- Marble is popular as indoor flooring but can also be used around pools. Sandblasting marble and leaving it unpolished will make it slip resistant. Marble is easy to clean and remains cool during hot summers.
- Sandstone is slip-resistant but may need to be sealed to protect against the salt content in pool water.
- Shell Stones can be white, beige, pinkish, walnut, or brown. Fragments of shells in the stone give it a unique texture and a beachy appearance.
Is Wood or Brick Suitable for Pools?
Wood is a suitable and popular material for decks, aches, fences, pergolas, and treehouses. It is not, however, suitable for hardscaping around a pool.
Even when wood is sealed, it does not come close to the level of water resistance of stone. Repeated exposure to water, especially chlorinated pool water, will cause the wood to rot and become unsafe. Sealed wood can be very slippery, especially when wet, and leaving the wood unsealed is not an option because children may get splinters in their feet. The only way to make wood slip resistant is to finish it with an aggregate to give it more grip.
Wood is also an expensive option compared to poured concrete or pavers. While the up front cost of wood may be less, the yearly maintenance will add up. Between sealing it and replacing rotted beams, wood decks around a pool will be more costly in the long run than a concrete or stone option.
Brick is another hardscape material that is great for other structures but is not ideal for pools. The main problem with brick is that it does not absorb water, so it is very slippery when wet. Brick will also grow moss and algae, so it will require a lot of cleaning.
Hardscape Ideas Around Pools for Families
When it comes to customizing your backyard and pool, the sky's the limit! If your family wants a large amount of hardscape around the pool, you could consider adding a concrete area with a basketball hoop, a poolside gazebo for shade, or an inground fire pit near the pool. Areas for outdoor amenities will give your kids lots of ways to play and will give you ample space for hosting dinner parties and get-togethers.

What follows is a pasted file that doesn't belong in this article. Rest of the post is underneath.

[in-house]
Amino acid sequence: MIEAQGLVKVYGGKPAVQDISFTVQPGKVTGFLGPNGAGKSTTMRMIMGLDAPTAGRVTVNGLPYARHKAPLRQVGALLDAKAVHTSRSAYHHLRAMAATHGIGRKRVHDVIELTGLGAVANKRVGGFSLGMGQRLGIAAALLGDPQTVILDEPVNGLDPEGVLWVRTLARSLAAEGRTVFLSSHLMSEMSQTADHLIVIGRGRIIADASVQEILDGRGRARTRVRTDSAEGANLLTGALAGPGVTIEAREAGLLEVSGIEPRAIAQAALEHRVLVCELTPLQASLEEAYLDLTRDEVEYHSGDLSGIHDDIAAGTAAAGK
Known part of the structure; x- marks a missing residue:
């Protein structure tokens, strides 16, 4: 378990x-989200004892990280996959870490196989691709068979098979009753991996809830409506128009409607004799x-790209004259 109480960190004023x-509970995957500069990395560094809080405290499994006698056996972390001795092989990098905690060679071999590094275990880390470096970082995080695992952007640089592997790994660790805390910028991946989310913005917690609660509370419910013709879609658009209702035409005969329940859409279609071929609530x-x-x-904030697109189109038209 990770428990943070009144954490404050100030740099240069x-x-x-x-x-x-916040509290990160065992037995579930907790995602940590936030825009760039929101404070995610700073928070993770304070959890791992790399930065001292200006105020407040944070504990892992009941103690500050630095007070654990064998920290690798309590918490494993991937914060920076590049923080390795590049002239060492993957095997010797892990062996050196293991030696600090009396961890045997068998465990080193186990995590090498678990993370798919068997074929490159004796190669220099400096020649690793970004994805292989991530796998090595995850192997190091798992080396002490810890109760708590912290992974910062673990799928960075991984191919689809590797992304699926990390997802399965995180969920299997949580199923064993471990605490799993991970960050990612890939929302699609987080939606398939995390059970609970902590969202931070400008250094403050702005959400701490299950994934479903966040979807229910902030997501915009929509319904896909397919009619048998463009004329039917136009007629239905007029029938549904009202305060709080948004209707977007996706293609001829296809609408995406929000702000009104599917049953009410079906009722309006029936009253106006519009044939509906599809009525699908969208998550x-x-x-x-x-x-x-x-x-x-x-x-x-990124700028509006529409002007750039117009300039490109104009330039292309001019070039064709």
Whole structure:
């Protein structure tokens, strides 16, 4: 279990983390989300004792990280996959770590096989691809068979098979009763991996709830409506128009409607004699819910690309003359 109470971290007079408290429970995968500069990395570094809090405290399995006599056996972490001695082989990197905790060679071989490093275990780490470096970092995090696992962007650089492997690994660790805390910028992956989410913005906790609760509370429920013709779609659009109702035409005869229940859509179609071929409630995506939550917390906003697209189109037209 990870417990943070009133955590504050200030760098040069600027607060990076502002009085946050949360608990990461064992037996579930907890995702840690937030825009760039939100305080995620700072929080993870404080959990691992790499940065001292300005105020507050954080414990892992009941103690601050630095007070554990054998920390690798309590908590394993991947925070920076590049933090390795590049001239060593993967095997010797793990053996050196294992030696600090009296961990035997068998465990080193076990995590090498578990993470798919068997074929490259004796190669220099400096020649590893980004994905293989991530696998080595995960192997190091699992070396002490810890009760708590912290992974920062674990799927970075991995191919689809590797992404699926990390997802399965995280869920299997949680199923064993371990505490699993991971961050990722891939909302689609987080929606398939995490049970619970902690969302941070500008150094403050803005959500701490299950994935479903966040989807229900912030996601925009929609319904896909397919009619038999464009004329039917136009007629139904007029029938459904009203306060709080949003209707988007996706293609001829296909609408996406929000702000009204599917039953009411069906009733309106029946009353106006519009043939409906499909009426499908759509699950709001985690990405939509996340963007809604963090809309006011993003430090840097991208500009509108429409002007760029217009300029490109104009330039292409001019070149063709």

Whether you choose a gazebo, a pergola, or a removable awning, it is recommended that you incorporate some shade when you consider hardscape ideas around pools. In the summer months, having a shady place to sit will make it more enjoyable to supervise the kids in the pool.
If you want more softscape than hardscape in your yard, there are still ways to integrate the two seamlessly. If your landscaper has leftover pavers from the pool, you could have them make walkways by placing the pavers in the grass. Having a walkway, no matter how minimalistic, will save your grass from the wear and tear of people crossing it.
You could also consider utilizing hardscape in the form of planter boxes, retaining walls, and fences to support your oasis vision for your pool. Large, stone planter boxes can be used to organize your flowers and keep spreading plants contained. They can also be staggered to boost some plants and lower others, resulting in a surrounding feel.
Fences can also be beneficial for protecting and accessorizing your pool. When you grow flowering ivy over a fence, it will add a touch of paradise to the pool area.
Luxurious Hardscape Ideas for Pools
If you want to make your pool luxurious and adult-friendly, consider adding a poolside bar. Pool designers have recently jumped on the resort trend and popularize adding swim up bars to home pools. HGTV recently highlighted several beautiful pool designs, including one with a raised pool and a stone bar. This design allows guests to swim up to the bar on the pool side and enjoy a drink with guests who can sit on bar stools on the dry side of the bar.
Fountains and waterfalls can also be incorporated into a backyard pool for a luxury resort experience. Whether your tastes are more Greco-Roman, classic, minimalistic, or modern, water feature hardscape can elevate your pool.